Rep. Jared Golden of Maine is undecided about the probe and Rep. Lucy McBath of Georgia has not stated her position to the AP.

All these Democrats have one thing in common: Donald Trump won their districts in 2016.

__

Former U.S. Ambassador to Ukraine Marie Yovanovitch testified to congressional investigators behind closed doors Friday, but her prepared opening remarks were obtained by the AP. In them, she expresses dismay at being recalled from Kyiv after learning that Trump had “lost confidence” in her and had pressed the State Department to remove her.

http://apne.ws/3feeyLS

Former U.S. ambassador to Ukraine Marie Yovanovitch, left, arrives on Capitol Hill, Friday, Oct. 11, 2019, in Washington, as she is scheduled to testify before congressional lawmakers on Friday as part of the House impeachment inquiry into President Donald Trump. (AP Photo/J. Scott Applewhite)

Former U.S. ambassador to Ukraine Marie Yovanovitch, left, arrives on Capitol Hill, Friday, Oct. 11, 2019, in Washington, as she is scheduled to testify before congressional lawmakers on Friday as part of the House impeachment inquiry into President Donald Trump. (AP Photo/J. Scott Applewhite)

Saul Loeb/AFP/Getty

A controversial right-leaning reporter at the center of the Trump-Ukraine scandal emailed a copy of one of his stories—before it was published—to a top ally of Rudy Giuliani, as well as two pro-Trump investigators attempting to dig up negative information on the Biden family.

In March, The Hill’s investigative reporter John Solomon published a story claiming that the U.S. government had pressured Ukrainian prosecutors to drop a probe of a group funded by the Obama administration and liberal billionaire George Soros. The story was published at 6 p.m., according to a timestamp on the paper’s website. Solomon himself didn’t share it on his Twitter account until 6:56 p.m. that night. The earliest cache of the story in the Internet Archive is from 7:42 p.m. Eastern time.

But hours before that, at 12:52 p.m. Eastern time, Solomon appears to have sent a version of the article to Ukrainian-American businessman Lev Parnas and the Trumpworld lawyers Joe diGenova and Victoria Toensing. The email was titled “Outline of Soros reporting, including embedded documents” and included the headline and the text of his piece.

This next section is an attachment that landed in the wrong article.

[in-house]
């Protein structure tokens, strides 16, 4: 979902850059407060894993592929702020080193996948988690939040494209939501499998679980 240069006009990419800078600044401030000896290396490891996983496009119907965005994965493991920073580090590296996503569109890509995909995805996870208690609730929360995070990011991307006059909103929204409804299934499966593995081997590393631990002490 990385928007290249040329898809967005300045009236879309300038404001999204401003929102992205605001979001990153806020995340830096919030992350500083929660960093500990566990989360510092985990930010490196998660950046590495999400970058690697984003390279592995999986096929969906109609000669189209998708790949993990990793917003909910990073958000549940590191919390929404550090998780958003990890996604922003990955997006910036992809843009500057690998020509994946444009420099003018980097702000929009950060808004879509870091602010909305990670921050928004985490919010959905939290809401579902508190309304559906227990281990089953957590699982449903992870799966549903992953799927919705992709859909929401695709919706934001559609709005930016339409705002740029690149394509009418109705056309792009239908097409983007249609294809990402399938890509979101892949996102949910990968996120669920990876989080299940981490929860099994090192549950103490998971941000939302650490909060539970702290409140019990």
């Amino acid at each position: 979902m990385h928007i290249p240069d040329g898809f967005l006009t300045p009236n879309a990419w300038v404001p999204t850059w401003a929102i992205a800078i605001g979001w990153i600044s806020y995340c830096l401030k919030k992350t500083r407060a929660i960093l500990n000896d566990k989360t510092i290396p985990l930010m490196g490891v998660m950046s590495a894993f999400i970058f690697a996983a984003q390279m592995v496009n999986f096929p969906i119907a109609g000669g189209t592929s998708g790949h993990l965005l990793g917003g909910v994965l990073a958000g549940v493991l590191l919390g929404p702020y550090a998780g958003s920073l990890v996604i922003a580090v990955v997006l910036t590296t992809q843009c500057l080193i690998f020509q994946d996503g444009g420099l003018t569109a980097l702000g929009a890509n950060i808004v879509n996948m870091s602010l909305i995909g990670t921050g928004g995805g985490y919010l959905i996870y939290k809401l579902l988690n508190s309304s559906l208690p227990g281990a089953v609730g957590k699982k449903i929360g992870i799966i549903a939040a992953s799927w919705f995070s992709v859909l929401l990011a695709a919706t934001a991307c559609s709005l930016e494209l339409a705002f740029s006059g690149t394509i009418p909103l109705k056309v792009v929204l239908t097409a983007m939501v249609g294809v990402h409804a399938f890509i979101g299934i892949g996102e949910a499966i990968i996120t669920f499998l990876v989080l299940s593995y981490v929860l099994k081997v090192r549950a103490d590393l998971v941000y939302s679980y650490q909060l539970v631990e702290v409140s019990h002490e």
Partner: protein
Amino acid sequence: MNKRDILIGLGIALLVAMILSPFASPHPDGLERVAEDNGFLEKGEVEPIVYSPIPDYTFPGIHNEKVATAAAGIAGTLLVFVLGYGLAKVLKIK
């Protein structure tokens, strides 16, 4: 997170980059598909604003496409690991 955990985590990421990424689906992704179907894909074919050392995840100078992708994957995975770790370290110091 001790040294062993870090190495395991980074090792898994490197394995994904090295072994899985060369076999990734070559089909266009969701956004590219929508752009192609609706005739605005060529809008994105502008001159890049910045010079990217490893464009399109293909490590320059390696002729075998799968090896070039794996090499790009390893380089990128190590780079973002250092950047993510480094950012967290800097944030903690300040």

Natasha Bertrand

@NatashaBertrand

Here’s the page from the packet that @ErinBanco shared yesterday (with emails blacked out by me) https://twitter.com/lachlan/status/1179564577845104640 

View image on Twitter

Lachlan Markay

@lachlan

So @ErinBanco and @maxwelltani got a page from the State Department oppo dossier that Rudy fed to Pompeo. It appears to show John Solomon sending an advance copy of one of his Ukraine stories to Joe diGenova, Victoria Toensing, and Lev Parnas https://www.thedailybeast.com/biden-ukraine-dirt-file-has-private-email-between-john-solomon-and-rudy-allies 

274 people are talking about this

Two congressional sources confirmed to The Daily Beast that Solomon’s email was part of a roughly 50-page package of material that was turned over to lawmakers on Wednesday by the State Department’s Inspector General’s office. Reuters was the first to report the email’s inclusion in the packet.

That material, according to congressional sources, appeared to be a “misinformation” effort meant to smear the former U.S. ambassador to Ukraine and the Bidens. CNN reported on Wednesday that Giuliani had conceded that the information in the package originated, at least in part, with him.

“They told me they were going to investigate it,” Giuliani said to CNN, referring to a call he got from Secretary of State Mike Pompeo.

Neither Solomon nor The Hill responded to request for comment from The Daily Beast. But in a series of tweets Wednesday night, Solomon said he sent the email “as a reporter fact-checking my work”—although the email contained the text of a fully drafted story, not isolated items that needed vetting.